Welcome to the final season of Gossip Girl It-Girls and Lonely Boys. Although I enjoy the show quite a bit, I’m also under no illusions with regard to its existence in the grand scheme of television. I think it's best that we have fun with these reviews, so each week I’ll be discussing the five* biggest points of the episode, almost like those Monday-morning stories you see about the NFL. Nothing like bringing teen soaps and sports together!
* I reserve the right to increase or decrease this number, depending on the episode. But five seems like a good place to start.
So let’s get right into the last season premiere in Gossip Girl history, “Gone Maybe Gone,” which was pretty good.
I’m all for the main characters having their own things going on but too often, they’re in disparate places for extended periods of time, only stopping to deliver exposition to each other at the beginnings of episodes (see: at least half of Chuck and Nate’s conversations from, like, ever). And really, Gossip Girl thrives when most everyone is together, either in the same space (parties, obviously) or as part of the same story.
That strength was on display in “Gone Maybe Gone” with everyone—Chuck, Blair, Nate, a disgruntled Dan and Georgina—searching for the missing-all-summer Serena. Even though it took a good while for everyone to actually get together, the dueling convoys of Chuck, Blair, and Nate and Dan and Georgina nicely provided differing opinions on what could have happened to S. Plus, the show always does road-trip stories really, really well.
Georgina has grated on me at various points in the GG’s run, but she is always much more enjoyable when paired with Dan’s exasperated straight-man (/tool) act. And once everyone actually arrived at Serena’s location and attempted to break up her “wedding,” the different plans allowed for multiple characters to quickly catch up with one another without the episode seeming too expositionary. Dan being slapped by Blair and Serena within a two-minute period was lovely.
“Gone Maybe Gone” is executive producer/co-creator Josh Schwartz’s first official script credit since the Season 3 finale of Chuck in 2010 and boy, is it nice to have him back. When I compiled my wishlist for this last season, I called for a return of the show’s stronger humor, and it seems that Schwartz had similar thoughts in mind when crafting this premiere with Stephanie Savage. “Gone Maybe Gone” certainly wasn’t a laugh-riot or anything, but it featured a handful of really great comedic moments, many of which were fairly self-reflexive and meta (a strength of Schwartz’s): the aforementioned Humphrey double slap, Chuck’s update that the Ostroff Center (named for former CW president Dawn Ostroff) has now been renamed the Pedowitz Center (named for current CW president Mark Pedowitz), and Blair’s insistence that Serena couldn’t survive in the wilderness because she isn’t “country strong” (an obvious nod to Leighton Meester’s film career).
Gossip Girl needs comedy. Hopefully this continues all season.
After overdosing on the train, Serena did what she does: charmed her way into the life of a successful man (Barry Watson, playing a typically just-fine everyman). Only this time, she ditched the van der Woodsen glamour and pretended to be Sabrina, the Vassar student from Wisconsin. At first, I was ready to shrug and eye-roll my way through another silly “Serena lies to a love interest” story but the episode actually did something smart: It provided legitimate logic for Serena’s decisions.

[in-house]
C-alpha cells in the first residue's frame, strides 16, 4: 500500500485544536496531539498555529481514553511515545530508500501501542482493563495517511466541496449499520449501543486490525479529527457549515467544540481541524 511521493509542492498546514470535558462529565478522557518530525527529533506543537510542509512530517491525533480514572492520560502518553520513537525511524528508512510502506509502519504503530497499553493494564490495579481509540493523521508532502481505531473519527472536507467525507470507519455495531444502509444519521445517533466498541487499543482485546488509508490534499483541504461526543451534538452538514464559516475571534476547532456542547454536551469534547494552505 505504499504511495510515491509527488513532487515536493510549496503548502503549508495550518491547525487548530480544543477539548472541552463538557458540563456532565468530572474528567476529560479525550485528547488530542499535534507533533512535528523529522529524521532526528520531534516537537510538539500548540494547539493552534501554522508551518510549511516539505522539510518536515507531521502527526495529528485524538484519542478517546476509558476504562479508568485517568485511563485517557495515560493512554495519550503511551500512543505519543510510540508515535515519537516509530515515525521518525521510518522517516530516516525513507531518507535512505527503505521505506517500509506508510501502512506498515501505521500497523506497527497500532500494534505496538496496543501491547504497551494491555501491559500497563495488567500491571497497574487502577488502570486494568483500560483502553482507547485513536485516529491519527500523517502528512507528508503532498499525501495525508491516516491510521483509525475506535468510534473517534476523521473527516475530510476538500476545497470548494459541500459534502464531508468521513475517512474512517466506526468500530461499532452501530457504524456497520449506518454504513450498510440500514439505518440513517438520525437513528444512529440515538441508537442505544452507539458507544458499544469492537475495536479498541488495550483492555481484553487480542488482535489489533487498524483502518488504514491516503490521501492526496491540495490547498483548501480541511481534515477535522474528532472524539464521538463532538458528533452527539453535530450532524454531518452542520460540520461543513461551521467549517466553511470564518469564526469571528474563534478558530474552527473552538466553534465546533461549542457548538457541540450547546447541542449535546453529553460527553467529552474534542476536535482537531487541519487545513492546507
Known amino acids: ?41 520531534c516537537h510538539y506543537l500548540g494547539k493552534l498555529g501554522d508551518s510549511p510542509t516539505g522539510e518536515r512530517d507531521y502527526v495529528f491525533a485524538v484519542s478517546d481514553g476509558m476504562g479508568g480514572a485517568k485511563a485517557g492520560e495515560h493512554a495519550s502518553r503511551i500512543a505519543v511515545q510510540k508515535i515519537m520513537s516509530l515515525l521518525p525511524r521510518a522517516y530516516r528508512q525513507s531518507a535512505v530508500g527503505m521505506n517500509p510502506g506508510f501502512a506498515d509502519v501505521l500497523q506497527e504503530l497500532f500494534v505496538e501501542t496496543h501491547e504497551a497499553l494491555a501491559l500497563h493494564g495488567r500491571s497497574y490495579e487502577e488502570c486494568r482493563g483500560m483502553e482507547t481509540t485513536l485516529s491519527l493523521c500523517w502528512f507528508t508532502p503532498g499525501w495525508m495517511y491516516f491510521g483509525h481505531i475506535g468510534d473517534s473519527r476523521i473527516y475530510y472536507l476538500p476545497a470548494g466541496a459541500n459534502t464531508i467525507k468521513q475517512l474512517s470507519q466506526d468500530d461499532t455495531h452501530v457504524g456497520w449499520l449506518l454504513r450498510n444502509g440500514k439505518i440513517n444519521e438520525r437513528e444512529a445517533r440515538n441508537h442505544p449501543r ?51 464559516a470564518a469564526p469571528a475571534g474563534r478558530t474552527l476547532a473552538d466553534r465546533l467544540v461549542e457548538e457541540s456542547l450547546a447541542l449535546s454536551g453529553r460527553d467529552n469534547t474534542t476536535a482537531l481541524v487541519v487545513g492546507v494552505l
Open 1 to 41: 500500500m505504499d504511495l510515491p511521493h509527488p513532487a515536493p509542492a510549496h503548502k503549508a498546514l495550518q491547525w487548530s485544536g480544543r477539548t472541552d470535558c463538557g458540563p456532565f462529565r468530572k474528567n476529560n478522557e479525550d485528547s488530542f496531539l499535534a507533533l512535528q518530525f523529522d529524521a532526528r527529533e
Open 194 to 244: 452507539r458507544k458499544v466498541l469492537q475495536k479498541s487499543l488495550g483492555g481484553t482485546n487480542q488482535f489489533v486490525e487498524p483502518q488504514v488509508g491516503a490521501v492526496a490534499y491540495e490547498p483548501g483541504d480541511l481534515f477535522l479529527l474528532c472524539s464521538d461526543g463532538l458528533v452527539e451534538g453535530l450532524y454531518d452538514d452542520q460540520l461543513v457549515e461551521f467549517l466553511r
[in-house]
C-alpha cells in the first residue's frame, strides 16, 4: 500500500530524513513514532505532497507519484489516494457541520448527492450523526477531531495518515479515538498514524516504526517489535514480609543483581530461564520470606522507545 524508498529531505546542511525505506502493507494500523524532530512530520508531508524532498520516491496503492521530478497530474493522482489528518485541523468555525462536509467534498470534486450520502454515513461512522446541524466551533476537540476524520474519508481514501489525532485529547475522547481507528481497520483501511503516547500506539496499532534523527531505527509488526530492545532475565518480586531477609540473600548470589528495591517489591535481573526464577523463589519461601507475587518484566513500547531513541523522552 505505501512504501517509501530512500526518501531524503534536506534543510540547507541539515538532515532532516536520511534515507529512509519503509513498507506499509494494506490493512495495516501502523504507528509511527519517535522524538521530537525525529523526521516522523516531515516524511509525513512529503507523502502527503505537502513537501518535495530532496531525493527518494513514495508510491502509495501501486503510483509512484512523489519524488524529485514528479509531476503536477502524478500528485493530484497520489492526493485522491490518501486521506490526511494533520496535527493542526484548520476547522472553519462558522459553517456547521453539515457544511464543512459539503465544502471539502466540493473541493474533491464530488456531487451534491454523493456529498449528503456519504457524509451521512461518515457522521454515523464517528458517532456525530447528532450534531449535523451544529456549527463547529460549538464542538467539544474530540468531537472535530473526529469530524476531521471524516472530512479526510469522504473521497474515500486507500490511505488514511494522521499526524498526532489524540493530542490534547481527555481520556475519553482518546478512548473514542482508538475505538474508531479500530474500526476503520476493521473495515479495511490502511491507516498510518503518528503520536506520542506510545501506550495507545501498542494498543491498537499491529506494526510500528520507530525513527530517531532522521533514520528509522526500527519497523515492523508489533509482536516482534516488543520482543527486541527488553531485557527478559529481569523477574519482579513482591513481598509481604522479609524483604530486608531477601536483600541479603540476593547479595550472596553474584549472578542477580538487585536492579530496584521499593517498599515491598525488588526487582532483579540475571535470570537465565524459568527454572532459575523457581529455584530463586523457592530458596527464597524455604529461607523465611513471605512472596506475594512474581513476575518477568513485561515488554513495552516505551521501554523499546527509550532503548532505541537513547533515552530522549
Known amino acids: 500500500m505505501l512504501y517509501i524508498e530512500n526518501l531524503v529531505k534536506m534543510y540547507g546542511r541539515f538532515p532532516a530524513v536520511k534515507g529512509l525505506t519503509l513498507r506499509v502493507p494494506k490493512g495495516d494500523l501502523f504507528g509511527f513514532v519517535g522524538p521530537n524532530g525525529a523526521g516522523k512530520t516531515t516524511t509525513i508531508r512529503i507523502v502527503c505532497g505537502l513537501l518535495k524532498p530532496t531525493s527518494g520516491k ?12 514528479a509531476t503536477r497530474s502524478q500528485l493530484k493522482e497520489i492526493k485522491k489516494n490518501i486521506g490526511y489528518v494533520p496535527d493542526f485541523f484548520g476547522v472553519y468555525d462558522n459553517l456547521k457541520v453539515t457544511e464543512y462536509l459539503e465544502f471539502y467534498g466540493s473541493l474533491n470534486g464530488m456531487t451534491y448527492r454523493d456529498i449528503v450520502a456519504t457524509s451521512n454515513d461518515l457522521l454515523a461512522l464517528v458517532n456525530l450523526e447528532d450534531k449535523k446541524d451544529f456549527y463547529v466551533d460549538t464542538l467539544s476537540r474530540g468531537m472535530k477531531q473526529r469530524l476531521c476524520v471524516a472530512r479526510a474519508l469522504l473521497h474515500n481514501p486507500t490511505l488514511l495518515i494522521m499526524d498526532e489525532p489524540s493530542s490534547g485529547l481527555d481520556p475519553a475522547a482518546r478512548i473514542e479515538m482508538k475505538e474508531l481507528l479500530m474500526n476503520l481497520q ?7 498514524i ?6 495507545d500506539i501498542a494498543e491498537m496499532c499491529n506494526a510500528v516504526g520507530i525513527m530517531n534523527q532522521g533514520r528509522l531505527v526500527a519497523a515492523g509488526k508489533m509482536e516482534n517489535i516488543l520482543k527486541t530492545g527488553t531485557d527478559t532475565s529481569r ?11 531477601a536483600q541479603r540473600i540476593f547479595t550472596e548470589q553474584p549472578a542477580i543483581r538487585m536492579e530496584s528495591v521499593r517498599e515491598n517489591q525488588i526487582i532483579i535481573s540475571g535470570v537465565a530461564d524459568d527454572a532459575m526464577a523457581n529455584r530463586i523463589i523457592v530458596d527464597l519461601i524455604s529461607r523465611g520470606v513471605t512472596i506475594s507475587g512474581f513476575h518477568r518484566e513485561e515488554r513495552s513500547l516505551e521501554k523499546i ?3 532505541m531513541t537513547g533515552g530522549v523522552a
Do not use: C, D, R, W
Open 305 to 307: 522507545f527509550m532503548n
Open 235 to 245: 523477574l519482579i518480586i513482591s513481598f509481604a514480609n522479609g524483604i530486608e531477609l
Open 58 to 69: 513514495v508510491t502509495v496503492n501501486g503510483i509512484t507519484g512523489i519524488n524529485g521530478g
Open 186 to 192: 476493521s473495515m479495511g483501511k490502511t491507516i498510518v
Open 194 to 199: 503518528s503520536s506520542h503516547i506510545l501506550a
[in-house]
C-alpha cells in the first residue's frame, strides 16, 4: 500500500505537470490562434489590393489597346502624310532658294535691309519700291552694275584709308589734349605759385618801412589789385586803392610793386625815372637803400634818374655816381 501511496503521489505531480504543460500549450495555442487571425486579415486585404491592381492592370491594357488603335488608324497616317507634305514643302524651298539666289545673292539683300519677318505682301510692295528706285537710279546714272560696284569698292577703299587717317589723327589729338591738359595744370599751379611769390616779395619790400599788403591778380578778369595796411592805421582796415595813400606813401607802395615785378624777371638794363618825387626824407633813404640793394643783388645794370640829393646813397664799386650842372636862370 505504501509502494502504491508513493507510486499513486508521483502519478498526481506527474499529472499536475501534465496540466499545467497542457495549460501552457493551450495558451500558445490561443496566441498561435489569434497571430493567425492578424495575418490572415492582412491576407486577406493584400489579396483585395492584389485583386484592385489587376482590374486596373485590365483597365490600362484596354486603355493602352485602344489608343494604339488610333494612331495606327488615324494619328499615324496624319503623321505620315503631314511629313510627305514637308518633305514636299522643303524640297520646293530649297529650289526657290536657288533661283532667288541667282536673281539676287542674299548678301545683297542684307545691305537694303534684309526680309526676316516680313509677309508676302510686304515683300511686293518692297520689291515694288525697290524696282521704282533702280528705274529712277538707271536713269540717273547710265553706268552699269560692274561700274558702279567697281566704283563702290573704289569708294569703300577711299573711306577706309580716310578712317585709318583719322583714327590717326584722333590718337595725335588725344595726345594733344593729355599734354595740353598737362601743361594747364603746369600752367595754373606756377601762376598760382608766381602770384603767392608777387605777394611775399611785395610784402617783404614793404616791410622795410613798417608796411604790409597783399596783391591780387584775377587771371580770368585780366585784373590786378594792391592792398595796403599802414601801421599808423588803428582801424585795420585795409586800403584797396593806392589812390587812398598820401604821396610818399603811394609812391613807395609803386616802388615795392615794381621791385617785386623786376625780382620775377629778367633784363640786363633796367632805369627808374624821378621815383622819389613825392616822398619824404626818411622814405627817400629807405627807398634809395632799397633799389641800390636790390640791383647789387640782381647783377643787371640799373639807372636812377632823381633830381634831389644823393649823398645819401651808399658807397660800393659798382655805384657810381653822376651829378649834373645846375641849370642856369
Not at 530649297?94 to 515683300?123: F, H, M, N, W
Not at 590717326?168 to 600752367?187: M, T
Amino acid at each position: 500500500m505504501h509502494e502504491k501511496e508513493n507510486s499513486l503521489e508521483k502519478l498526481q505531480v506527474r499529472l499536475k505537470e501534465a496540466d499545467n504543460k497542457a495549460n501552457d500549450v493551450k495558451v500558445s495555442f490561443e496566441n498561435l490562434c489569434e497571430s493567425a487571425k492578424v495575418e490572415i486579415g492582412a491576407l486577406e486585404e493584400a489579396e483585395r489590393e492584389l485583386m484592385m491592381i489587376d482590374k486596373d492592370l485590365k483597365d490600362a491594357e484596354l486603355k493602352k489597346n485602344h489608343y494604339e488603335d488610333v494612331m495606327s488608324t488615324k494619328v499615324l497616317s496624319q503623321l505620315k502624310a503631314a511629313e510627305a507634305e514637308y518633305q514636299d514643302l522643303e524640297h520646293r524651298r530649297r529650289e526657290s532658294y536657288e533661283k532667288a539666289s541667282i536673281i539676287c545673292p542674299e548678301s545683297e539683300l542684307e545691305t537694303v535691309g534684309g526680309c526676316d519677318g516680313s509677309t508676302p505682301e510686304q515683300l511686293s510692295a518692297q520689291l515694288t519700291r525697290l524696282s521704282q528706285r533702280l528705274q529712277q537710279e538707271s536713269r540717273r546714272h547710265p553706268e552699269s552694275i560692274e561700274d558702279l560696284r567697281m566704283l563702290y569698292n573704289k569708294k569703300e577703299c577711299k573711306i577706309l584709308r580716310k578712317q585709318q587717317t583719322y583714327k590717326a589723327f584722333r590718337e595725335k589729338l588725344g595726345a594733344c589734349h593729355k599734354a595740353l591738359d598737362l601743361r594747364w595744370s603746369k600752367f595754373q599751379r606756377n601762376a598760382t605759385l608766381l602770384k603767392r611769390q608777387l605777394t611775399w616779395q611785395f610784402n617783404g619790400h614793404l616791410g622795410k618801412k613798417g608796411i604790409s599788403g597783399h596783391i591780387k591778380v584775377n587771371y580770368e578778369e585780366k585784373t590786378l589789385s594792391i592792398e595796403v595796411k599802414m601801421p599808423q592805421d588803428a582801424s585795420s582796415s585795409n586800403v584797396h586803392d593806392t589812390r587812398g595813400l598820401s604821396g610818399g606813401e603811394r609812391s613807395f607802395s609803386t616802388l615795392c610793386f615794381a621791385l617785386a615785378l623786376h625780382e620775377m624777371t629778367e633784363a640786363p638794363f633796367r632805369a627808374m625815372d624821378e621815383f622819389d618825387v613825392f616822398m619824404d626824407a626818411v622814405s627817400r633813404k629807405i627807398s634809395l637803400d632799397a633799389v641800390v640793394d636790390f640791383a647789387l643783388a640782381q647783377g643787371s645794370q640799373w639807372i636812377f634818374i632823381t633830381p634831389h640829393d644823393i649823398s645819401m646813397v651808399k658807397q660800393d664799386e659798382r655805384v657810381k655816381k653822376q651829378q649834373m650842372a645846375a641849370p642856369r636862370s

Her speech to the group about ditching her identity because they kicked her out (Blair), didn’t want to see her again (Dan), and generally didn’t have time for her anyway (Chuck, Nate) made a shockingly high amount of sense. And the “break-up” with Blair felt so real that I can’t wait to be really angry when they’re frenemies again in three episodes.
She’s still a lying fraud, though.
I have to hand it to Schwartz, Savage and the rest of the Gossip Girl team. Last season, showrunner Josh Safran spent an entire year toying with the idea of Blair and Chuck (part XXXIV) or Blair and Dan or Blair and Louis before ultimately and predictably deciding on the first pairing (again). But even though Safran is oversteering Smash into the watery abyss where it belongs, Gossip Girl has wasted no time coming up with a ridiculous reason to keep epic (fail) lovers Blair and Chuck apart and suggesting that her thing with Dan might not yet be DONE-done.
Again, I sort of like the logic the show put forth for why Chuck can’t give into Blair yet, because it’s true: He can’t be an immature boy forever. However, the fact that he can’t manage his crusade against his father and his feelings for Blair at the same time and the fact that she can’t see how much Dan cares for her (you know, because he only tells her all the time) is baffling. How long before Chuck hooks up with another woman (probably the one from Dubai helping him take down Bart)? Three episodes?
It takes a certain kind of moxie to wipe away the substantial resolution you built to in your previous season finale without really undoing anything. It’s silly but awesome.
Despite all their posturing, the show still wants us to view Blair and Serena as inherently good, admirable characters. And outside of Chuck (sometimes), the men are sometimes wet blankets as well. So it’s always good when Gossip Girl allows someone to come in and stir the pot. The diminishing return that is Georgina has started to swing back the other way, but Ivy’s scheming against Lily in this episode was entertaining. Seducing Rufus wasn’t quite OMG- or WTF-worthy, but it accomplished multiple things: 1.) It gave Rufus something (well, someone) tangible to do, 2.) It kicked off Ivy’s anti-Lily campaign with a bang (literally), and 3.) It ruined Dan’s 2012. That’s what we like to call a win-win-win.
What'd you think of the episode? What's on *your* list of the most important moments from "Gone Maybe Gone"?